My EFT Techniques

The first time I used EFT, I did a round of the Basic Recipe on two different phrases. Although the manual said to be specific, when I sat down to try it, I couldn't think of where to start. I was depressed and felt completely, miserably empty inside, so I used the set-up phrase "Even though I have this incredible empty feeling, I deeply and completely accept myself," and as I went through the Basic Recipe, I concentrated on the gnawing feeling in the pit of my stomach. By the end of the second series of tapping points, I was feeling a lot calmer and more focused.

I spontaneously thought of an argument J and I had earlier that week, and the moment when he was walking out the door and I started sobbing and begging him not to leave. So my second Basic Recipe was for the phrase, "Even though I have this fear of abandonment..." While I tapped, I concentrated on the feeling of utter panic and desperation I felt during that last argument. I felt like I would die if he actually got in his car and drove away. By the time I was done with the second round of tapping points, I felt like a band had been cut away from my chest. I could breathe. I felt calm. I felt more calm than I had since J broke up with me.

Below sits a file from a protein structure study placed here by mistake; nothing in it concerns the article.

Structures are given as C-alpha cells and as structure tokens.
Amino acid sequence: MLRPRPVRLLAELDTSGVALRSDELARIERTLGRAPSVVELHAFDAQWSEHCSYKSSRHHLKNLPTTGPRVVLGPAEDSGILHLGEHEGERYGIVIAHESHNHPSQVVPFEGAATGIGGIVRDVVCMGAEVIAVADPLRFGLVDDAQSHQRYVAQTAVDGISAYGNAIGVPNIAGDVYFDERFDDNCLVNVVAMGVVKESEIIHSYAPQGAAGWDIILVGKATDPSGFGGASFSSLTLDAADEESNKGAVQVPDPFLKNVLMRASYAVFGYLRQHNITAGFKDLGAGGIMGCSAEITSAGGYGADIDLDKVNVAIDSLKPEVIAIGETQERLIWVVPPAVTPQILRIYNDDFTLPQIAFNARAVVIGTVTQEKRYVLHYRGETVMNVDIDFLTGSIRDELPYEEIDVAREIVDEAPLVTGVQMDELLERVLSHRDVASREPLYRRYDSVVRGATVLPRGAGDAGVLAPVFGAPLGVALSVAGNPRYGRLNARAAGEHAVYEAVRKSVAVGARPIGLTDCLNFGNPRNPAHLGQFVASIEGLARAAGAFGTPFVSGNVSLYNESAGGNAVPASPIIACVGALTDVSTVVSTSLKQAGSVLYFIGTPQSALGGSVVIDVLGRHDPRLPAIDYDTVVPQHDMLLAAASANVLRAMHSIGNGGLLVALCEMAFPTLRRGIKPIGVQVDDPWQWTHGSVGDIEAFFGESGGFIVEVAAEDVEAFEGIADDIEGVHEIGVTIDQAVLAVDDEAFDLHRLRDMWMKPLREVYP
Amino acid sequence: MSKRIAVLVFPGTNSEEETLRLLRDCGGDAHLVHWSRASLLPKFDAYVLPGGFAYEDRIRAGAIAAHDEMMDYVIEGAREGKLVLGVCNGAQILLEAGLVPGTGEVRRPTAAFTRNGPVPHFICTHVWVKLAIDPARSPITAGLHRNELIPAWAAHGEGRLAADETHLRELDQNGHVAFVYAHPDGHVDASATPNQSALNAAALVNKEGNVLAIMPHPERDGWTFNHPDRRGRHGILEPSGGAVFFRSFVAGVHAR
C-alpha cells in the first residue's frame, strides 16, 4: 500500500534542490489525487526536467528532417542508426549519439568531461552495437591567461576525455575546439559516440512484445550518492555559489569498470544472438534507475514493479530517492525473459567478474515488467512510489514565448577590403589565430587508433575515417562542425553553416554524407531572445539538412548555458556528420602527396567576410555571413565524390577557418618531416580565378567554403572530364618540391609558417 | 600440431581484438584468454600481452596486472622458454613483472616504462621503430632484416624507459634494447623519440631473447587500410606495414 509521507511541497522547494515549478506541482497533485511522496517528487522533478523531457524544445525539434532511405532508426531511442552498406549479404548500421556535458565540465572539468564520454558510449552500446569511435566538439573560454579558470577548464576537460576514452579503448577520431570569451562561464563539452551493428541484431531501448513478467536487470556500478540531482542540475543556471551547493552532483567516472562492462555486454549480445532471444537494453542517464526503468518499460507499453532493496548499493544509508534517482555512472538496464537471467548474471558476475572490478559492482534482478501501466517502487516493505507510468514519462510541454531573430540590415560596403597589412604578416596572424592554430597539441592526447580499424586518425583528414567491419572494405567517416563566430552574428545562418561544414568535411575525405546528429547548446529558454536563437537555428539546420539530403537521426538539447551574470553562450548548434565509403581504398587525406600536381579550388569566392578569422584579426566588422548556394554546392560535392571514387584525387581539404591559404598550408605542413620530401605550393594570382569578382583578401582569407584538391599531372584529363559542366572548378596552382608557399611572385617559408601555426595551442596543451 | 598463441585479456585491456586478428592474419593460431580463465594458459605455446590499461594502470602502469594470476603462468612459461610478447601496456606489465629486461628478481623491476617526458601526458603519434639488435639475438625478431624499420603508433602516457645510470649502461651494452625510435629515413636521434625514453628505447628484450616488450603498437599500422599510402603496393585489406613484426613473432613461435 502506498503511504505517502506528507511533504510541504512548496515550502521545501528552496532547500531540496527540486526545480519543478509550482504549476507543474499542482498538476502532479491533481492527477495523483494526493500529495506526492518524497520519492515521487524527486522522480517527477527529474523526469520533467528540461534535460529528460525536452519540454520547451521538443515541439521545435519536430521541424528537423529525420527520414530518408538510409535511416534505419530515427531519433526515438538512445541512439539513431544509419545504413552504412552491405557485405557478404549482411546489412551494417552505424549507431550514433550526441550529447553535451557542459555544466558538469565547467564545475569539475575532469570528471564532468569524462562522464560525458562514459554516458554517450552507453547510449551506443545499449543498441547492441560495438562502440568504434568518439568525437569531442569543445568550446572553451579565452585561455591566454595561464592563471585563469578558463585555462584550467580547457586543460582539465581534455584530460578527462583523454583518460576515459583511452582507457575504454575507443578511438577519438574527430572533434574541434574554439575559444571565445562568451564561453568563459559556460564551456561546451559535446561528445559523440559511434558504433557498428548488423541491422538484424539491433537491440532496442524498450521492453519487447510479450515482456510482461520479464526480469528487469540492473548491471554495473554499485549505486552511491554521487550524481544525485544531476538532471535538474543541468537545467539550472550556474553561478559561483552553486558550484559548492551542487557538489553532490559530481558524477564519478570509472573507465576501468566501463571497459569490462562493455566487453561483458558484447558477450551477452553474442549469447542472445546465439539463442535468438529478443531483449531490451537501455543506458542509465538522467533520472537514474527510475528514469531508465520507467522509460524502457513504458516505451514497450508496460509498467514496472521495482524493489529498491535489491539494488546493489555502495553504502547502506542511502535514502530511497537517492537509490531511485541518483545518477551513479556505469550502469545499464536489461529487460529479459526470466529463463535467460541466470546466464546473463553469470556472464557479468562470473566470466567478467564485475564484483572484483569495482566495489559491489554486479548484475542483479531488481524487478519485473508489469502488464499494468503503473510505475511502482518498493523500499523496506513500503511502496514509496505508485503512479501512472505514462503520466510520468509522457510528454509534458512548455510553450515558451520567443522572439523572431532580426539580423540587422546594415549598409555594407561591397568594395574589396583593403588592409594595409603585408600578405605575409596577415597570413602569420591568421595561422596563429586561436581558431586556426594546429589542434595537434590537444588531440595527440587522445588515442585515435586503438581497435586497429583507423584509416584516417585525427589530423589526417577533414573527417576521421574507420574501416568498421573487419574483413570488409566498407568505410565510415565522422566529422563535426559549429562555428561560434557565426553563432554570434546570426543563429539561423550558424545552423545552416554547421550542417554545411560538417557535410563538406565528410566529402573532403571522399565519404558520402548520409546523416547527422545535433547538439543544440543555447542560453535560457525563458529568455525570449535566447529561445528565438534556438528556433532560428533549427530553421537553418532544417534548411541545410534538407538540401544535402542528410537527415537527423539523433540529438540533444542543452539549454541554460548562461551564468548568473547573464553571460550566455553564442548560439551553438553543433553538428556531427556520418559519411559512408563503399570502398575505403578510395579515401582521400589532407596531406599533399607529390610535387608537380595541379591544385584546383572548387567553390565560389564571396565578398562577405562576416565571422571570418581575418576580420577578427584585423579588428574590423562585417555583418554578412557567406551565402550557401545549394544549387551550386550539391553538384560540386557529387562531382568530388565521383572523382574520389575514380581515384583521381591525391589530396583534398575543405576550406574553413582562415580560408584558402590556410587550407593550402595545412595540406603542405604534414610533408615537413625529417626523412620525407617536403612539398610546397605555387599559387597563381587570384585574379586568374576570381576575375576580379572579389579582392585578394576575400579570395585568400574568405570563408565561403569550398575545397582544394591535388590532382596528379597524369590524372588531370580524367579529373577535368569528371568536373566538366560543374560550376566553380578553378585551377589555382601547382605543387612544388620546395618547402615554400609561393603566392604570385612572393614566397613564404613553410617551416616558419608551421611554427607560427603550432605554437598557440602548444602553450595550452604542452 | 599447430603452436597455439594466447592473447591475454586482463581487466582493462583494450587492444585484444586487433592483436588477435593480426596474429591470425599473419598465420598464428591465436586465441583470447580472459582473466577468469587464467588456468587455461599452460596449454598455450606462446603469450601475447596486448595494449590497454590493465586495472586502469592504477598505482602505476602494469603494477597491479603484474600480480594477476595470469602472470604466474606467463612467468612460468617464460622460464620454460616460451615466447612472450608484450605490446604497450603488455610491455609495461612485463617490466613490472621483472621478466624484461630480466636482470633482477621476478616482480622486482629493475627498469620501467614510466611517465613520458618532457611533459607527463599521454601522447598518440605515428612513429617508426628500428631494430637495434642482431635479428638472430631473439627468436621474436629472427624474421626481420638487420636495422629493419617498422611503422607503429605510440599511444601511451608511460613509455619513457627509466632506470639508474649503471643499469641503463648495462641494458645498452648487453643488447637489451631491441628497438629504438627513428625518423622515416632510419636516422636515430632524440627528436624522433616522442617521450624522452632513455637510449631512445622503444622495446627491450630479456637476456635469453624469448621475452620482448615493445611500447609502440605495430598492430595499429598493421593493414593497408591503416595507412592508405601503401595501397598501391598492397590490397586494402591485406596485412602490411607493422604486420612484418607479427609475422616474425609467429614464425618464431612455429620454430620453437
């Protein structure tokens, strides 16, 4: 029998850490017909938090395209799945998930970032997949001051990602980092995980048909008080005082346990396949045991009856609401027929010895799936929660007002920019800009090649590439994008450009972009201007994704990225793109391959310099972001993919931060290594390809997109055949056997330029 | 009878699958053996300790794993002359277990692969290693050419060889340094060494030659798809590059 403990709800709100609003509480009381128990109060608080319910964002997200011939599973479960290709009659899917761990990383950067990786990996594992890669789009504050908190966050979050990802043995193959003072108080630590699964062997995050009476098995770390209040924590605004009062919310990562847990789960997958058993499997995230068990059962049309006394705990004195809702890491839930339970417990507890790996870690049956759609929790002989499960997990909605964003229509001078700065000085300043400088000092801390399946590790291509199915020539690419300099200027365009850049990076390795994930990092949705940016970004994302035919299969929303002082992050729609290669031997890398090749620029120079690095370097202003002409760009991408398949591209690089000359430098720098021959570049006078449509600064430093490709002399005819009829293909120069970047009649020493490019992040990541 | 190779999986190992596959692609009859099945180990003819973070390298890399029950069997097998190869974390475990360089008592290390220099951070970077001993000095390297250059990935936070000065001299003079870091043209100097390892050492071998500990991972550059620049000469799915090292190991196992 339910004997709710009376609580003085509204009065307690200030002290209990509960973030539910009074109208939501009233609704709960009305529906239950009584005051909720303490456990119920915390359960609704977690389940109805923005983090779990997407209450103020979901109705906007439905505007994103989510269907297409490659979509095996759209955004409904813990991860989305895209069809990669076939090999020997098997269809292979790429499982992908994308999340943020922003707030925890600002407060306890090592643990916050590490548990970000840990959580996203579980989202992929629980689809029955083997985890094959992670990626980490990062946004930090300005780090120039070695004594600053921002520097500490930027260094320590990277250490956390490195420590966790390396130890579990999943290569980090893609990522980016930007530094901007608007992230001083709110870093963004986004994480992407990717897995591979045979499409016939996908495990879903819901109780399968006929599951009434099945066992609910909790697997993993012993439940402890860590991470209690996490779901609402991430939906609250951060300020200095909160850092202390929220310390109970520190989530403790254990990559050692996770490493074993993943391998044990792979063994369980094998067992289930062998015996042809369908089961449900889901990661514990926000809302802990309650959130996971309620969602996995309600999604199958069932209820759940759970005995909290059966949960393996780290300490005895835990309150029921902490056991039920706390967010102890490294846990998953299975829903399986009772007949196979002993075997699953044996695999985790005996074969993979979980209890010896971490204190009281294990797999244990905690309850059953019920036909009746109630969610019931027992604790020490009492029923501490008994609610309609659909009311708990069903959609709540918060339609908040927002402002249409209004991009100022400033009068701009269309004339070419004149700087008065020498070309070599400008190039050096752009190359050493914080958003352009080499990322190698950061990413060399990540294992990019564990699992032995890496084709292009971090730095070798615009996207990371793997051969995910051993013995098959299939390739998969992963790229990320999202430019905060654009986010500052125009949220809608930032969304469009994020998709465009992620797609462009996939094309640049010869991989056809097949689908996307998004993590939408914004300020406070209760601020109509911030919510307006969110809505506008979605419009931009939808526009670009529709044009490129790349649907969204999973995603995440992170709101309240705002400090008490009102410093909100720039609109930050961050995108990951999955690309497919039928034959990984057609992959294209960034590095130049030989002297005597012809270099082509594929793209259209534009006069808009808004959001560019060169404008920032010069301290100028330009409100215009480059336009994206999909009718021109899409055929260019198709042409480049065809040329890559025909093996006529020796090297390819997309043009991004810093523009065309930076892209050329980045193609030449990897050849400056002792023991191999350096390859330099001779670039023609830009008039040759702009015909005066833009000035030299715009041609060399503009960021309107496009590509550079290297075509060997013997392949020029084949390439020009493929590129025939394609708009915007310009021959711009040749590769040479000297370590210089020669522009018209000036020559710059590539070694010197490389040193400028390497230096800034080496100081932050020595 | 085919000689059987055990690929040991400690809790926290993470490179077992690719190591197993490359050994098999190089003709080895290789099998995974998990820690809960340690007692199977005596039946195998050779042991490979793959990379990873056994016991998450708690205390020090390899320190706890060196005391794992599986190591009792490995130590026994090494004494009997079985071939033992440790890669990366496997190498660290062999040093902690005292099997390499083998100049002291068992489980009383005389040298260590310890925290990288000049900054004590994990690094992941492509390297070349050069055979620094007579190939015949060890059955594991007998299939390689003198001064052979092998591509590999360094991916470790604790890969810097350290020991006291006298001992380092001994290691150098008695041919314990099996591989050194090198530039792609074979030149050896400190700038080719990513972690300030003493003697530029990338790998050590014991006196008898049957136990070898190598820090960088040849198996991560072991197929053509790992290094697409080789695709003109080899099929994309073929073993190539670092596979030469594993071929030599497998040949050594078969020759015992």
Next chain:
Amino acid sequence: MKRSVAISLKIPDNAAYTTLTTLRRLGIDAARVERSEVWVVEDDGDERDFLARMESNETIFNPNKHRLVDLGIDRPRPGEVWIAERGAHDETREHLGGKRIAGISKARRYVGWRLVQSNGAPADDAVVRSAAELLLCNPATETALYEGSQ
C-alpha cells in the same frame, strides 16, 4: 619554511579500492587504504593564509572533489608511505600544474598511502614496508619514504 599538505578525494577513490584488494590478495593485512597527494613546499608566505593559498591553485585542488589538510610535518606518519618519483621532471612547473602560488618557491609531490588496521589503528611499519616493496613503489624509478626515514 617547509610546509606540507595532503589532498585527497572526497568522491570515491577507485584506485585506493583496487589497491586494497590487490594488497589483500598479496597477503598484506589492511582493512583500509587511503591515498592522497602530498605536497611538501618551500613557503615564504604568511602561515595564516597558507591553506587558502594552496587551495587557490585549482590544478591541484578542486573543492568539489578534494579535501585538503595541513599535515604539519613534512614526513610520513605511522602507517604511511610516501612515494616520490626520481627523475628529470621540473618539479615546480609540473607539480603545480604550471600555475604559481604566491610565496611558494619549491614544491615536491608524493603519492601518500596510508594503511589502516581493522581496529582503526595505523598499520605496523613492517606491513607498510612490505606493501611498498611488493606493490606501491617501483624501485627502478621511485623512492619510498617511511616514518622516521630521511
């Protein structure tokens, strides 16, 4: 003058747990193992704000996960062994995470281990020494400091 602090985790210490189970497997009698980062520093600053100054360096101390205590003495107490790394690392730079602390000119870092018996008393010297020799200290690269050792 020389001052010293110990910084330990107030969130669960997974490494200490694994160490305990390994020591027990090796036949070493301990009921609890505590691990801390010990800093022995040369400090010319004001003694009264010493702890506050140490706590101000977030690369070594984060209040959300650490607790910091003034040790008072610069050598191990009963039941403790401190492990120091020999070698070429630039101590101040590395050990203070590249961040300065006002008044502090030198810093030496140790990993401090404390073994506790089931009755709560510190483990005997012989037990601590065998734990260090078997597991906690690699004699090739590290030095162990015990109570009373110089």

I was completely amazed, but still expecting "the other shoe to drop." This feeling of calm couldn't possibly last. Later that night, when I went to bed, I did one more round of the Basic Recipe for the phrase "Even though J broke up with me..." And I slept better than night than I had in weeks. And as the week went on, that amazing feeling of calm DID last! My feeling of utter devastation never returned to the way it felt before EFT.

Since then, I've developed my own informal routine for dealing with really "big deal" issues.

When I feel like I'm dealing with something that goes deeper than one 'onion layer', I start out with the Basic Recipe. I try different set-up phrases while rubbing the 'sore spot' until I hit on one that either makes me start crying, or gives me a tingling feeling in my arms and legs. Consistently, when I find a set-up phrase that really gets to the heart of an issue, one of those two things will happen. After I find the right set-up phrase, I go through one round of the Basic Recipe, repeating my whole set up phrase at each tapping point, and by the end I've almost always stopped crying and/or started sighing deeply at each tapping point. When that happens, I know it's working.